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Pace Art Faculty Show What They’ve Got

Feb. 15-25, the FAC hallway was a source of inspiration, filled with artwork by Pace’s art teachers: Lower School art teacher Silke Cliatt, Middle School art teacher Jane Sibley, and Upper School teachers Rick Berman, Donice Bloodworth, and France Dorman. The works were on display for the annual faculty art show.

Mr. Berman said that he did not take his first pottery class until he was 25 years old and a student at UNC Wilmington. “I was part of the civil rights, ultra liberal, anti-war, tree huggin,’ granola eatin,’ rock and rollin,’ long haired, hippie movement, and come to think of it, I haven’t changed at all. Could be a little bit farther left,” he said. After just a few months of classes, he fell in love with the art form. “I caught on fairly fast, and I knew deep down that this would be my career,” he said. Since then, Mr.  Berman has drawn inspiration from other cultures, especially Japanese ceramics. The pottery he submitted for the show featured salt, raku, and Salku firing techniques, and was inspired by the ceramic objects used in Japanese tea ceremonies. Some of the pieces were new, but others had been made years ago. Mr. Berman explained that his techniques “hold [his] interest for long periods of time,” but added that they are “always evolving, moving forward.”

Mr. Bloodworth’s collection of paintings this year featured his signature vibrant color palette and some familiar faces. Mr. Bloodworth has been drawing his whole life, but like Mr. Berman, he didn’t take his first painting class until he was an adult, and then quickly realized that art was his passion. He took many classes in color theory, which explored emotional responses to different colors. For example, Mr. Bloodworth explained that the color yellow makes children happy and blue makes people calm. “I love the way colors bounce off the canvas. Bright colors always get a reaction and call attention to themselves…I don’t care if it’s negative or positive; I just enjoy the reaction,” he said. Throughout his career in painting, Mr. Bloodworth has sought inspiration from music. “I think because I don’t play an instrument or sing, it’s my way of admiring musicians,” he said. However, the collection of paintings this year, all portraits, featured Pace students. Instead of normal skin tones, colors such as blues, greens, and purples were painted into the students’ faces and hair, adding a more abstract twist. Mr. Bloodworth painted his 14 portraits for the show in a period of 20 days. He said, “if it takes longer than three or four hours, I get bored.”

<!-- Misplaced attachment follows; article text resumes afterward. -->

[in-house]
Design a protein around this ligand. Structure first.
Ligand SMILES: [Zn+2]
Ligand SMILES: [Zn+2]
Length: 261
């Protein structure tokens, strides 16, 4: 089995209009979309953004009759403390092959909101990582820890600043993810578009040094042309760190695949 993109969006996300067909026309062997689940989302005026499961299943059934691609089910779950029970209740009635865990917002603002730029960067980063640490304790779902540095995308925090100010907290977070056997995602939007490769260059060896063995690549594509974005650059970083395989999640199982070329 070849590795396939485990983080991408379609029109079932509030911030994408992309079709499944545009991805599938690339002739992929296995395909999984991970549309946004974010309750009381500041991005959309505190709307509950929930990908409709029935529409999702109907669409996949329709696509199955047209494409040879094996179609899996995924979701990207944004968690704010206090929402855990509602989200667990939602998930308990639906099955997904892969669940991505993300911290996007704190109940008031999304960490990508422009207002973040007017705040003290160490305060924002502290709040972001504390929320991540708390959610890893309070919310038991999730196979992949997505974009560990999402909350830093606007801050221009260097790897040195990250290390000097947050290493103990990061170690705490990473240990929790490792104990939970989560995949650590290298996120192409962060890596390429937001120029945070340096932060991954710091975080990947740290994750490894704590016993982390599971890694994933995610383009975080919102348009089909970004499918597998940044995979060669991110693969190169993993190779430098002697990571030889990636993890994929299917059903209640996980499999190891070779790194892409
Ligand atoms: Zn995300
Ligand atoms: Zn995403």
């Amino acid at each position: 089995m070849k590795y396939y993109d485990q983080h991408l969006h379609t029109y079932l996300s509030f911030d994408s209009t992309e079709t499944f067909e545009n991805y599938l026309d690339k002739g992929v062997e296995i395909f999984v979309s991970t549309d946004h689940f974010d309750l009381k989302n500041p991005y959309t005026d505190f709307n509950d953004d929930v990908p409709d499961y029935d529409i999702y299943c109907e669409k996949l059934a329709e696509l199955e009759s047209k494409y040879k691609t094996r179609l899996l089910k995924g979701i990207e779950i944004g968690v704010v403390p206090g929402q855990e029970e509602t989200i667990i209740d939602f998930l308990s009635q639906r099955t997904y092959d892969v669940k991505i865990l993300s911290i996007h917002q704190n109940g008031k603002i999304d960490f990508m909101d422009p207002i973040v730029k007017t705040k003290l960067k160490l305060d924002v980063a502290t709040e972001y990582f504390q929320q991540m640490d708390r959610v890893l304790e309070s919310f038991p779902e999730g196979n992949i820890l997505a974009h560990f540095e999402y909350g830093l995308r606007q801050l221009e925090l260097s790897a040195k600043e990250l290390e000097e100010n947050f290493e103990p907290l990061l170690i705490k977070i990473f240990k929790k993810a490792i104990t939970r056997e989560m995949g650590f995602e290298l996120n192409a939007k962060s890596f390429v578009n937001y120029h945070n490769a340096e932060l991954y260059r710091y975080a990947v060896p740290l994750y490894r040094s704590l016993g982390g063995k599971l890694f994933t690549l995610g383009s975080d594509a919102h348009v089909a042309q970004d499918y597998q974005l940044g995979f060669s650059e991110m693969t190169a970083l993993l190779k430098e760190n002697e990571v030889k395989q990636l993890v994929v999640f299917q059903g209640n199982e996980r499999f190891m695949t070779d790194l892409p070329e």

Mr. Dorman’s artwork is based on nature and “organic shapes.” He loves art because it allows the artist to capture the “not here and now but foreverness” of moments. He enjoys hiking and camping and was inspired by these experiences, as seen in his three photographs and three sculptures. He explained that he is fascinated by the “spiritual idea” of nature. He cited a photograph he once took of his wife titled Eternal Noon, explaining that he loves “the beauty of an undeclining sun.” He took his photographs that were in the show at Yosemite and Sequoia national parks, hiking miles into the back woods to find the right spot. To avoid problems with the forest lighting, Mr. Dorman used a photo technique called High Dynamic Range, in which the photographer takes three photos of the same scene with three different exposures, and then combines the three photos into one. It requires the photographer to take the three photos as close together as possible to avoid movement in the scenery, but the end result features vibrant colors almost impossible to capture with ordinary exposure techniques. Mr. Dorman’s sculptures featured much more abstract shapes, called “nonobjective.” He fired his sculptures inside a huge wood-fire kiln in a small artist community. The wood-fired kiln only uses natural fire instead of electricity. The unstable levels of heat, fluctuating between periods of oxidation and reduction, give the pottery “richer and more beautiful saturated colors and glazes,” according to Mr. Dorman. A natural wood-fire kiln is a throwback to how pottery would have been fired in ancient times. “I prefer the nature-made over the man-made,” he said. Mr. Dorman loves photography, but he admitted that he might prefer making sculptures. “I love working with my hands,” he said. He has a studio with several different types of kilns in his home.

By Suzanne Monyak, Staff Writer ’13


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